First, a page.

April 28, 2015 report
Megacity study shows energy and resource use for largest urban areas
(Phys.org)—A massive study headed by Christopher Kennedy an engineer at the University of Toronto has revealed some of the ways energy and resources are used by the world's megacities, which the authors describe as urban areas that have more than 20 million people in them. In their paper published in Proceedings of the National Academy of Sciences, Kennedy and his team of researchers from institutions across the globe, describe differences in resource use and efficiencies and how what they have revealed might be used to help better plan city growth in the future.
Among other things, the team found that as of 2010, 6.7 percent of all human beings lived in a megacity—a number which is growing of course—they also noted that there were 27 such megacities around the world. By enlisting the assistance of environmentalists, city planners and engineers, geographers, technologists and experts in other areas, from cities, countries, municipalities, etc. from around the world, the team was able to collect a mass of data that described various aspects of the megacities, and then used that data to contrast and/or compare them.
Among their findings was that megacities produce approximately 15 percent of the world's GDP, 13 percent of the world's trash and consume 10 percent of the gasoline that is produced. These numbers suggest that megacities, on average, are not quite as efficient as some have espoused, considering the still relatively small slice of people that live in them. The data also shows the reason for some of the inefficiency, people commuting to work was but one example. Not surprisingly, the researchers found vast differences between megacities in developed countries versus those in less developed places, particularly those in third world countries. Some of the numbers actually showed some third world megacities as being more efficient, but a closer look revealed that it was most often the result of fewer people having access to resources, such as electricity.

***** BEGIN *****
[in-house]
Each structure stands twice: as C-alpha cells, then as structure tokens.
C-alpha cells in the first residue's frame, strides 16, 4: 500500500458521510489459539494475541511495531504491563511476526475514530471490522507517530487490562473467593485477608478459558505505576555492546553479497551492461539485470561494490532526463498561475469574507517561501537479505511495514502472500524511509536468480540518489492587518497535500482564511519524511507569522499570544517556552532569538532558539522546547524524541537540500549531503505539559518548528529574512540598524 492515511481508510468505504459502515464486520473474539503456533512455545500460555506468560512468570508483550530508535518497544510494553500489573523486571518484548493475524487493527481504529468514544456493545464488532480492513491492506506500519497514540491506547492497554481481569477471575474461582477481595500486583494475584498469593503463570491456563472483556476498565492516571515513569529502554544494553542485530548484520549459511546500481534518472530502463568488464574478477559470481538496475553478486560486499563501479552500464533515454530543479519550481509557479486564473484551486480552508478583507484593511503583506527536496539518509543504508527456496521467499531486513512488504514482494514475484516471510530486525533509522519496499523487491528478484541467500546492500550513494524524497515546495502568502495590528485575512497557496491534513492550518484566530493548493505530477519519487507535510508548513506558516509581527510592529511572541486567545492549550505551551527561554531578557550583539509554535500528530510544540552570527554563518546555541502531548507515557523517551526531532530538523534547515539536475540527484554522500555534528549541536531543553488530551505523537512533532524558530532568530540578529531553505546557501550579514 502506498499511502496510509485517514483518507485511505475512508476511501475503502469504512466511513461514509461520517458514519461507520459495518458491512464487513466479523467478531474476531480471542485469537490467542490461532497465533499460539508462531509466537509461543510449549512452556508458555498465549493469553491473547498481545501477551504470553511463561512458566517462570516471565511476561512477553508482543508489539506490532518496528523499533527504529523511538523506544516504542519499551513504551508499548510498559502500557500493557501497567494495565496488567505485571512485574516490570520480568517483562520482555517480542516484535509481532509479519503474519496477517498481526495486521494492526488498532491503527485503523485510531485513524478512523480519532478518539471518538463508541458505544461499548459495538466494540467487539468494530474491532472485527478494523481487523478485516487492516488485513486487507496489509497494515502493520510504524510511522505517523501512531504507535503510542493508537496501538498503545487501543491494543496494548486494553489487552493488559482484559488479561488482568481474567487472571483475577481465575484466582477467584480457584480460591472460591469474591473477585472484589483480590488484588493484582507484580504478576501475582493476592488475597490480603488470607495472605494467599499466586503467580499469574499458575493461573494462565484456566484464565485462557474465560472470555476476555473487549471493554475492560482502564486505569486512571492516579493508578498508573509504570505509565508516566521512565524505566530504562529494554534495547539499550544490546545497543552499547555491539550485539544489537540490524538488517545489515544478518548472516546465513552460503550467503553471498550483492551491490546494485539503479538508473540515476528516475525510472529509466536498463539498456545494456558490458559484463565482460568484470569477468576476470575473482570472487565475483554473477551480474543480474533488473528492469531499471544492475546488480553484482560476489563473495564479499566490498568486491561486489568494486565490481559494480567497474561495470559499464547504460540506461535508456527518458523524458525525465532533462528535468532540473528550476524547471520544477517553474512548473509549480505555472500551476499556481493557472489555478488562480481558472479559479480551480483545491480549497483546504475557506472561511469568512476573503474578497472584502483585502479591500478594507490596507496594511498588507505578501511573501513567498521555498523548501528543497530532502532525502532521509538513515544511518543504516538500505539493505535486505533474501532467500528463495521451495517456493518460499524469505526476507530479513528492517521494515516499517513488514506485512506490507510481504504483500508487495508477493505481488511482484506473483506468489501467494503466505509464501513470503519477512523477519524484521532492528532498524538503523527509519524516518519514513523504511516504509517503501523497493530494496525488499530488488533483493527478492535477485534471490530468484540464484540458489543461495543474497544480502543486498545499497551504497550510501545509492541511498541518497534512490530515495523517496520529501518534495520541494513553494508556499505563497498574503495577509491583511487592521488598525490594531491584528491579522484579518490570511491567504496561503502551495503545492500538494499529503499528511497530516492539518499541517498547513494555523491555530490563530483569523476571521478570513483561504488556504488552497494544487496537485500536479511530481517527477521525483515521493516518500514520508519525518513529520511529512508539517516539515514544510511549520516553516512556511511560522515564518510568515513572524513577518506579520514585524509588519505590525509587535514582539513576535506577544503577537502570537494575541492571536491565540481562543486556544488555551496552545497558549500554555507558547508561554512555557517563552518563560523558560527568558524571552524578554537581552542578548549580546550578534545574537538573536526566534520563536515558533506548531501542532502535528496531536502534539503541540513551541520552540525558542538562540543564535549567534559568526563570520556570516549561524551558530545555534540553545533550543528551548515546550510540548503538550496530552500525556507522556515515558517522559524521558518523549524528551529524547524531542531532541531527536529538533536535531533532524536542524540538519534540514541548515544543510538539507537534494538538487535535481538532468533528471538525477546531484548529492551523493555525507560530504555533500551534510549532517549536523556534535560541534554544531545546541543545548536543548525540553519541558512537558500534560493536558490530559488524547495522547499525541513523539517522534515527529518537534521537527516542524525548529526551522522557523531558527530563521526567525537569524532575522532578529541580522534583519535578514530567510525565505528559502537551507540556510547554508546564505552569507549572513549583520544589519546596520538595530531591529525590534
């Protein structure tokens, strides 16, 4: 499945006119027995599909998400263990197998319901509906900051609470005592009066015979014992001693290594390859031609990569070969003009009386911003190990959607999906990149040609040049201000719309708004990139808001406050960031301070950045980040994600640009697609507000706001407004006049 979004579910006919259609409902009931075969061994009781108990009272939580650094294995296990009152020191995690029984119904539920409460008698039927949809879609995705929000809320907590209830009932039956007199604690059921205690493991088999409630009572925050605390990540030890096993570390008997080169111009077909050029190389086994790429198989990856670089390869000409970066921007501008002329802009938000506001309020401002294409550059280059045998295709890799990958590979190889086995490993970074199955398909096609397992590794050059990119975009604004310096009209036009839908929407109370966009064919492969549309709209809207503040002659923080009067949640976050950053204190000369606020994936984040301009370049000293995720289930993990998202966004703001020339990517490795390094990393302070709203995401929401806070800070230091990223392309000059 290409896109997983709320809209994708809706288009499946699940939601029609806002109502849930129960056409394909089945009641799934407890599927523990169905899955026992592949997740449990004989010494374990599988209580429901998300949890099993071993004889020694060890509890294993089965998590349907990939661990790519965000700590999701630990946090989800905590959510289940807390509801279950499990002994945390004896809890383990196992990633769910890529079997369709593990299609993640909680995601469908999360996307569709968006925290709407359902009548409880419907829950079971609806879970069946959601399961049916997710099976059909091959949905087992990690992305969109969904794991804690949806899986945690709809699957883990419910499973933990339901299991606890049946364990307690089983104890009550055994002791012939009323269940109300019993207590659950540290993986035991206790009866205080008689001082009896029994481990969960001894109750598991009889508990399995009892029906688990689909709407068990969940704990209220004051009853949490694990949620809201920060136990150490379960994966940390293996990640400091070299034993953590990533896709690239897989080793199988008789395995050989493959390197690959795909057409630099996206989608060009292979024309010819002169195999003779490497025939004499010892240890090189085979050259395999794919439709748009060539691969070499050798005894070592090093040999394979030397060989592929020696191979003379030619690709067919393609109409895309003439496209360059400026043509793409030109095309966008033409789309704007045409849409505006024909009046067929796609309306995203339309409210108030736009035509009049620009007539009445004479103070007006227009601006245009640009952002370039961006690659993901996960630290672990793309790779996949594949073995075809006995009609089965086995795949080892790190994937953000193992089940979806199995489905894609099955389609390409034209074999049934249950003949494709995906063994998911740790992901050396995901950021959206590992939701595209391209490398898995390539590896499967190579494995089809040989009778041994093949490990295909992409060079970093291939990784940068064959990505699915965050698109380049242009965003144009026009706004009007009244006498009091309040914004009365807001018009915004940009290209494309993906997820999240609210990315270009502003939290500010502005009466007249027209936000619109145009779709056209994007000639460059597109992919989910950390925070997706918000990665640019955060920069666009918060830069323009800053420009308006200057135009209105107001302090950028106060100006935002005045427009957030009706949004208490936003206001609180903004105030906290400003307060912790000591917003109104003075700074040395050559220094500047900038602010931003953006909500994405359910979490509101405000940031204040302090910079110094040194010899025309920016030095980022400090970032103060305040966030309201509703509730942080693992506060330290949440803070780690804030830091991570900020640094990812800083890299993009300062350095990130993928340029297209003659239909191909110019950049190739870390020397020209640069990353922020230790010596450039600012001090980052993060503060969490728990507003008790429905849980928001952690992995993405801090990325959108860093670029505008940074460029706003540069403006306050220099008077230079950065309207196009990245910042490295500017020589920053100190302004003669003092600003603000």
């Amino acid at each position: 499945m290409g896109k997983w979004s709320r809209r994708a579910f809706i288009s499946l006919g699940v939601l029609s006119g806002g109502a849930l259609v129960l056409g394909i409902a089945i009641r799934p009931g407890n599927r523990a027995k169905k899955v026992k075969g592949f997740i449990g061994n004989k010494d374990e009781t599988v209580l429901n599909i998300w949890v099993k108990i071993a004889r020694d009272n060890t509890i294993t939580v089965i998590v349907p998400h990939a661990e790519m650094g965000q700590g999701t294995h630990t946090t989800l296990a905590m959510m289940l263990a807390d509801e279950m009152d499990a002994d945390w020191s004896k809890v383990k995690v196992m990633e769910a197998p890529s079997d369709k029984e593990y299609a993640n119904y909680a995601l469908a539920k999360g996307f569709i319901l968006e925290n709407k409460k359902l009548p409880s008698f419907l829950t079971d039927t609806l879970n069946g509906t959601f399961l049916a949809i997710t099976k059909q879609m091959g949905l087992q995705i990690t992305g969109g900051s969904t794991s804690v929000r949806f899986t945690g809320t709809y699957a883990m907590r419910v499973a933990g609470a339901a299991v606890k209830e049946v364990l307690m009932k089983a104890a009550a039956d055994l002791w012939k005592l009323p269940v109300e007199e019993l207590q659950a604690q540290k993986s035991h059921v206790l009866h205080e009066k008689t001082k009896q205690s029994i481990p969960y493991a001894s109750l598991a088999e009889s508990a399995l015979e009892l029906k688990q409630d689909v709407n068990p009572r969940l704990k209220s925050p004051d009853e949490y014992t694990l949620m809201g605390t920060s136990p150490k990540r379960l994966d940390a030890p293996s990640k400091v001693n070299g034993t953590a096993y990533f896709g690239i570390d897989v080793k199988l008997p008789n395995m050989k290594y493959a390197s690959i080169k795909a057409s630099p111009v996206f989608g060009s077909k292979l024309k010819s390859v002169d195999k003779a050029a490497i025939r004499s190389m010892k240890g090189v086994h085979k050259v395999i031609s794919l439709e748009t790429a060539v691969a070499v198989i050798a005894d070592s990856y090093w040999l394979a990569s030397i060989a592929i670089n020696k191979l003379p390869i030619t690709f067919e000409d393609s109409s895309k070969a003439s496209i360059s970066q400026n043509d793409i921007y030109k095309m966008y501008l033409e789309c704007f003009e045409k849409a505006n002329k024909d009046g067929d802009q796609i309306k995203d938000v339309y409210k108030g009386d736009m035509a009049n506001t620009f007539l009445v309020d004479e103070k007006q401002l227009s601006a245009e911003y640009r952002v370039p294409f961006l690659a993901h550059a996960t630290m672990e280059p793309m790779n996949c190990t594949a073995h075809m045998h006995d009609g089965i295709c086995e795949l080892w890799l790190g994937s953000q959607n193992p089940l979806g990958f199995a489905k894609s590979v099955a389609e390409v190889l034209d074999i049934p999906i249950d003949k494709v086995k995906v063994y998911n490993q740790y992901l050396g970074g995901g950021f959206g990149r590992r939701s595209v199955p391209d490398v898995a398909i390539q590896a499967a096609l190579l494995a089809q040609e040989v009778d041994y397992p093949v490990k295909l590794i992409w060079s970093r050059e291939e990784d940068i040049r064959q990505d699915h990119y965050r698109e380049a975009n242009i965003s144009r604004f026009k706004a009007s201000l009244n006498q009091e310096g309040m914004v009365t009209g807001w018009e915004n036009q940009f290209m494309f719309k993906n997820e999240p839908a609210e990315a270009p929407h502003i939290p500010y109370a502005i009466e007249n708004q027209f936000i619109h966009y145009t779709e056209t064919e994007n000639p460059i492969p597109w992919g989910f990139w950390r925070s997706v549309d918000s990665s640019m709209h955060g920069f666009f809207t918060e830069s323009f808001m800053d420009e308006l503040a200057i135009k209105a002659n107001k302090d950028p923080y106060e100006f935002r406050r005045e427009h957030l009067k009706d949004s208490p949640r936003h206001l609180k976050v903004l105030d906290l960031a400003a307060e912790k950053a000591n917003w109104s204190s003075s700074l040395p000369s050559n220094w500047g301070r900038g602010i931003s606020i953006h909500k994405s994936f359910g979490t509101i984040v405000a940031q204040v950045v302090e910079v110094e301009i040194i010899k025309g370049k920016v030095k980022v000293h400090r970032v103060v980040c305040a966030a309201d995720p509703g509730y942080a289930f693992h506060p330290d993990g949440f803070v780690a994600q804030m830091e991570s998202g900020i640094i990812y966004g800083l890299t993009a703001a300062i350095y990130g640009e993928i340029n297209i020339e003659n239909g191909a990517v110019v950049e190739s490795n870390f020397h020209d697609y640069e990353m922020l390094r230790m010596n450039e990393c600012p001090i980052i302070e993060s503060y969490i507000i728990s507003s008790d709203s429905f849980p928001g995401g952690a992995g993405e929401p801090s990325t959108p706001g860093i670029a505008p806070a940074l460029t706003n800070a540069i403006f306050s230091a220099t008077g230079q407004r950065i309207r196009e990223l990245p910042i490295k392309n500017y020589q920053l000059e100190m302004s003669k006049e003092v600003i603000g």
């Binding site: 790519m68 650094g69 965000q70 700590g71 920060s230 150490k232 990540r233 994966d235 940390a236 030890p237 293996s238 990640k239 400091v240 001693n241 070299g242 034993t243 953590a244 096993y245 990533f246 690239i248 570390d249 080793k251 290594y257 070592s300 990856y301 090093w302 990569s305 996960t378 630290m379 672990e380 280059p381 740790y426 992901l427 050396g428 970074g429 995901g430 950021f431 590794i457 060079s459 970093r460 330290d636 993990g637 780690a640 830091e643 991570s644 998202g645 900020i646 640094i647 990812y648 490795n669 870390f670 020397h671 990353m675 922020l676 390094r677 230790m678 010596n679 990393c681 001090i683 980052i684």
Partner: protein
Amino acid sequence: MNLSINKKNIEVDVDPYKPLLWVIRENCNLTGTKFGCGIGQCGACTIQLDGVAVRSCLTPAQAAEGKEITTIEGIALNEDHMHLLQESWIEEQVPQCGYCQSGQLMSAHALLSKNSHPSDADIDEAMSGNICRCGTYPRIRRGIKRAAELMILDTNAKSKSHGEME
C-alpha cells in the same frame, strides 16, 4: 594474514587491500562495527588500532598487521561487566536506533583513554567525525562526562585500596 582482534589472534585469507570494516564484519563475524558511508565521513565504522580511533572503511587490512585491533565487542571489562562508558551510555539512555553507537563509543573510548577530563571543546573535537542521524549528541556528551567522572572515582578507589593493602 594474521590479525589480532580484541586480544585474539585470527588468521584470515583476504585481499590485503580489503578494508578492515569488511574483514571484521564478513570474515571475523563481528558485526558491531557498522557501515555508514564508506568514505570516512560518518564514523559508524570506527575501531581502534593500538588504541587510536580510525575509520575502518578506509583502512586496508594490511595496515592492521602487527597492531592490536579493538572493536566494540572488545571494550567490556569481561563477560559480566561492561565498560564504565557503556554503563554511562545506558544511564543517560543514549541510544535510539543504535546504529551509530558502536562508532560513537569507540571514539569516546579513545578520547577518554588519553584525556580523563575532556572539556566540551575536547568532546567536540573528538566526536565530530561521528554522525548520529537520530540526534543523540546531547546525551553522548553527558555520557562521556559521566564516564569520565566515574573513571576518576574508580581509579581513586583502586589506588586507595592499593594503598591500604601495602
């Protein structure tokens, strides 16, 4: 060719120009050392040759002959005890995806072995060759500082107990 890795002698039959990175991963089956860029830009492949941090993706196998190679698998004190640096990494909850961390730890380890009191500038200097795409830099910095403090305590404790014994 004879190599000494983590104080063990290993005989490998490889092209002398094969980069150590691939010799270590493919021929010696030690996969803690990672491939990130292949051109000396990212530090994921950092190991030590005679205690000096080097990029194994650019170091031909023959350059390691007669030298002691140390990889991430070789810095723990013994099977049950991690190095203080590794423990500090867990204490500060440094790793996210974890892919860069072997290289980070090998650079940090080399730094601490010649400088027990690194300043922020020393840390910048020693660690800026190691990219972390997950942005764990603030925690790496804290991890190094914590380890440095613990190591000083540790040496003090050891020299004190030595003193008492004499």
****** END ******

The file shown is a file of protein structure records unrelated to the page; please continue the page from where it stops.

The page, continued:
The team also found that electrical energy use in megacities was strongly correlated with building floor space—other correlations were revealed as well, such as heating and other fuel use, energy used to move ground vehicles, water and waste, economic activity and of course population growth—many are growing at a very rapid pace; fortunately, for the people living in most of them, GDP was growing even faster.
Understanding the drivers of energy and material flows of cities is important for addressing global environmental challenges. Accessing, sharing, and managing energy and material resources is particularly critical for megacities, which face enormous social stresses because of their sheer size and complexity. Here we quantify the energy and material flows through the world's 27 megacities with populations greater than 10 million people as of 2010. Collectively the resource flows through megacities are largely consistent with scaling laws established in the emerging science of cities. Correlations are established for electricity consumption, heating and industrial fuel use, ground transportation energy use, water consumption, waste generation, and steel production in terms of heating-degree-days, urban form, economic activity, and population growth. The results help identify megacities exhibiting high and low levels of consumption and those making efficient use of resources. The correlation between per capita electricity use and urbanized area per capita is shown to be a consequence of gross building floor area per capita, which is found to increase for lower-density cities. Many of the megacities are growing rapidly in population but are growing even faster in terms of gross domestic product (GDP) and energy use. In the decade from 2001–2011, electricity use and ground transportation fuel use in megacities grew at approximately half the rate of GDP growth.
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